As well, in the beginning of his career at the family company, Cecil was able to learn so much from different experienced and knowledgeable leaders within the management team. Opportunities to meet and discuss allow leaders to learn from one another, support one another, and discover business opportunities with sister companies. To create such networking opportunities, Cecil and his wife Susan started to organize annual meetings with the Canadian Erectors’ leaders, which included a social aspect with spouses being invited. Together, and supporting one another, the businesses were stronger and more successful, proving the family company’s unconventional corporate culture was effective.

Looking to the Future: Strong Principles and Long-Term Focus

Canerector Head Office
Canerector head office today. Image courtesy of Global Architect.

Through the following years, Canerector was quite profitable. Cecil continued to target and acquire businesses to build the company. The 1980s were not a triumphant period, as it was a tough decade with many challenges. However, it was a formative period that shaped Canerector into the company it is now. The family business went from one plant operating in Montreal to a national multidivisional business.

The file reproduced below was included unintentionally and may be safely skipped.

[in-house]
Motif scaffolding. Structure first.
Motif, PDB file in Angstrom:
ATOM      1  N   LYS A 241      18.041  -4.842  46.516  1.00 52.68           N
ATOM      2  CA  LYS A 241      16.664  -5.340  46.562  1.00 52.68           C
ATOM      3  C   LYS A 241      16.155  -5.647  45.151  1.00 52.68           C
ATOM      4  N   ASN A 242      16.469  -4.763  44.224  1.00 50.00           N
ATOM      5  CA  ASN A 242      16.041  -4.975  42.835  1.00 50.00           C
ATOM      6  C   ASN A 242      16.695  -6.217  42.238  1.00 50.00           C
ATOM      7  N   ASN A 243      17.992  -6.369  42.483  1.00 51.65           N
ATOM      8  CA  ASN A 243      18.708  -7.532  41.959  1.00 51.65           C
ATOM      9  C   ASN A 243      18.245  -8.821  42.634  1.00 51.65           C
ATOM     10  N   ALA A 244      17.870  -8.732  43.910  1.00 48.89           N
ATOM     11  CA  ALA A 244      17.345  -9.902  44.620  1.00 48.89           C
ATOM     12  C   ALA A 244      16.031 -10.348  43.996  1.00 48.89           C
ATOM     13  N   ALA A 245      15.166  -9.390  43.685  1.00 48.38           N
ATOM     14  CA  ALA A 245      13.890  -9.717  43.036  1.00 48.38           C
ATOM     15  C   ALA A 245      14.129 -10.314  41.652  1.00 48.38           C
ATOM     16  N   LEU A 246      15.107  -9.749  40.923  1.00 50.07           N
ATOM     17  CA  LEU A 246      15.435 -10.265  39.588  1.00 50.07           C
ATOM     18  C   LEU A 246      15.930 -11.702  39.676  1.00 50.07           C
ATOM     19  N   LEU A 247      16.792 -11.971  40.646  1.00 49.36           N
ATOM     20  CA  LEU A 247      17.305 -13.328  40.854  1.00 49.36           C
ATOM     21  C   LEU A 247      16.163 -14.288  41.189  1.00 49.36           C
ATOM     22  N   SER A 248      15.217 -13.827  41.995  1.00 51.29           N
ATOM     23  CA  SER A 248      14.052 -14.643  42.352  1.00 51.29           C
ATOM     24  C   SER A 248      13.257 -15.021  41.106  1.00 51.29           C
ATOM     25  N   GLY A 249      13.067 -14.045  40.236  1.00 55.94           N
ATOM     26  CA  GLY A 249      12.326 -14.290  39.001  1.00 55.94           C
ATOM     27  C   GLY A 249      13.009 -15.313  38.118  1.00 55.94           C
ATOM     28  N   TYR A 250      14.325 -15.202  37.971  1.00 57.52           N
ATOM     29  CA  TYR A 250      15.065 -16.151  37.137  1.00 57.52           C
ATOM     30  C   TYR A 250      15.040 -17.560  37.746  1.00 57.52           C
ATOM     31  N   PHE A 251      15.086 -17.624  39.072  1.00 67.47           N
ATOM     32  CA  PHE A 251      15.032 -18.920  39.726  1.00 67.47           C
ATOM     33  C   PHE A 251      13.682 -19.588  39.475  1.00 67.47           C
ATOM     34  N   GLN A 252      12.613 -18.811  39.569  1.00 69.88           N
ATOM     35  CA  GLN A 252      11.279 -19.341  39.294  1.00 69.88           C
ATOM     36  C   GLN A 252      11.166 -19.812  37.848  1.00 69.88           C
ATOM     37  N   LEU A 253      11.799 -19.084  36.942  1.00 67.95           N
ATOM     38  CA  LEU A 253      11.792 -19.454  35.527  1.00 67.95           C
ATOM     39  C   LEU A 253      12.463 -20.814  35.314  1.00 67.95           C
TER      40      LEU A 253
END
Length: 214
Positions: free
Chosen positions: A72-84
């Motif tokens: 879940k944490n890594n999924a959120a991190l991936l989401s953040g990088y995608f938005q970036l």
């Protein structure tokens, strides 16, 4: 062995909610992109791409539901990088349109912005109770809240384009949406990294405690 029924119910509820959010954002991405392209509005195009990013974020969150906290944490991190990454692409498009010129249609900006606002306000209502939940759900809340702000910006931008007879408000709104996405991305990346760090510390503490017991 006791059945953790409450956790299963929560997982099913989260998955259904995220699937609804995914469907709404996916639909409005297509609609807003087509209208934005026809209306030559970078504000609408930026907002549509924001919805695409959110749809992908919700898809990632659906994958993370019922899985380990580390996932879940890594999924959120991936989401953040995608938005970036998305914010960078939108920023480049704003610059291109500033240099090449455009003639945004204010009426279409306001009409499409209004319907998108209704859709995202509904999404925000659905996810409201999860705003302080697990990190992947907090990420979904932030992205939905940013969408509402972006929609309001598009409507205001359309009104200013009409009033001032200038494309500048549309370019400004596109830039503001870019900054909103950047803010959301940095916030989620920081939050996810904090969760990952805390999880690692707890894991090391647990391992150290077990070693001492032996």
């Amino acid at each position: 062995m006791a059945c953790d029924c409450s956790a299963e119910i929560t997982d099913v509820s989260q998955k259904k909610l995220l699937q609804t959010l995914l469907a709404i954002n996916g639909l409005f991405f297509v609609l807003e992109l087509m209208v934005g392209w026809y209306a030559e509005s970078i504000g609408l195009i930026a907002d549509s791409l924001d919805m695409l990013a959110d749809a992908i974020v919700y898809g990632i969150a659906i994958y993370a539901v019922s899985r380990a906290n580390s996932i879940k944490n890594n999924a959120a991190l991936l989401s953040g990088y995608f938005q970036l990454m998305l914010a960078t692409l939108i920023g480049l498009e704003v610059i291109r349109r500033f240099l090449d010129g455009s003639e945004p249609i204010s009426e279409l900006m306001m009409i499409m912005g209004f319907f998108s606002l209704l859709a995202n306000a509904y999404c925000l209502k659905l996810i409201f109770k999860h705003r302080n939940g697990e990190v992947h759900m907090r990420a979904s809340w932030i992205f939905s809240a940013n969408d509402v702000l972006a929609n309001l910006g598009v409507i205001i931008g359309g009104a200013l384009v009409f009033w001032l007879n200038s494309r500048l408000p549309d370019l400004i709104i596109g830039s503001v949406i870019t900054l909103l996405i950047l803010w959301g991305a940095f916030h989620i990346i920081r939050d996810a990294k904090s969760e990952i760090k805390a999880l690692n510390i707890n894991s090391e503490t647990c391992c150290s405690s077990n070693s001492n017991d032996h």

Through the growing pains that were TIW’s acquisition and restructuring, the company had to shut down the plant in Montreal. As Canerector lost its original plant, it also lost its innocence. Important lessons were learned during this difficult time – lessons and fundamental principles still guiding its management team today: an aversion to debt, a long-term approach, an ownership model promoting flexibility and reinvestment, owning your facilities, and the importance of keeping plant and equipment up to date.

When a single owner with a long-term approach manages a company, it remains connected to its history, noticing the cycles and developing the ability to anticipate upcoming challenges. When challenges arise, the company is more prepared, solid, knowledgeable, and ready. This is the great advantage of family businesses – Canerector’s history is still present as the former presidents Stan and Cecil Hawkins left their marks on the company, an accumulation of acquired knowledge through lessons learned when facing hardships. Looking back at all its challenges and successes during these 75 years, Canerector’s current team is confidently moving forward, armed with this rich history and experience.